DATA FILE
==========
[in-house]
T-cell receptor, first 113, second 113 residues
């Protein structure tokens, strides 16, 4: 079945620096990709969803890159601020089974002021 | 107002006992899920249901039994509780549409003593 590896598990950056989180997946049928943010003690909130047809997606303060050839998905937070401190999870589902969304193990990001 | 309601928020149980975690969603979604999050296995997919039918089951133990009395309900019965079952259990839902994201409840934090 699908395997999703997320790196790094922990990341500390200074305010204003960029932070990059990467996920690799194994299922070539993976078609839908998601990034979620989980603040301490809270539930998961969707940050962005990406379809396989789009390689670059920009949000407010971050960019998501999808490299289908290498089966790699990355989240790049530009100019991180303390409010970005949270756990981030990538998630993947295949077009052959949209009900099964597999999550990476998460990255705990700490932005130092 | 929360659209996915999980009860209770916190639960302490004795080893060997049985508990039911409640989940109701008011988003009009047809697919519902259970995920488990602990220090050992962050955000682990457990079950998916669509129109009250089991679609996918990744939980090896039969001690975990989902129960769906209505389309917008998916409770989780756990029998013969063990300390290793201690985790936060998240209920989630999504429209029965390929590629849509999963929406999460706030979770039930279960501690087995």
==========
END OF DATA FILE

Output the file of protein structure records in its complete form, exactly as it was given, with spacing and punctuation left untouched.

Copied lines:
[in-house]
T-cell receptor, first 113, second 113 residues
């Protein structure tokens, strides 16, 4: 079945620096990709969803890159601020089974002021 | 107002006992899920249901039994509780549409003593 590896598990950056989180997946049928943010003690909130047809997606303060050839998905937070401190999870589902969304193990990001 | 309601928020149980975690969603979604999050296995997919039918089951133990009395309900019965079952259990839902994201409840934090 699908395997999703997320790196790094922990990341500390200074305010204003960029932070990059990467996920690799194994299922070539993976078609839908998601990034979620989980603040301490809270539930998961969707940050962005990406379809396989789009390689670059920009949000407010971050960019998501999808490299289908290498089966790699990355989240790049530009100019991180303390409010970005949270756990981030990538998630993947295949077009052959949209009900099964597999999550990476998460990255705990700490932005130092 | 929360659209996915999980009860209770916190639960302490004795080893060997049985508990039911409640989940109701008011988003009009047809697919519902259970995920488990602990220090050992962050955000682990457990079950998916669509129109009250089991679609996918990744939980090896039969001690975990989902129960769906209505389309917008998916409770989780756990029998013969063990300390290793201690985790936060998240209920989630999504429209029965390929590629849509999963929406999460706030979770039930279960501690087995």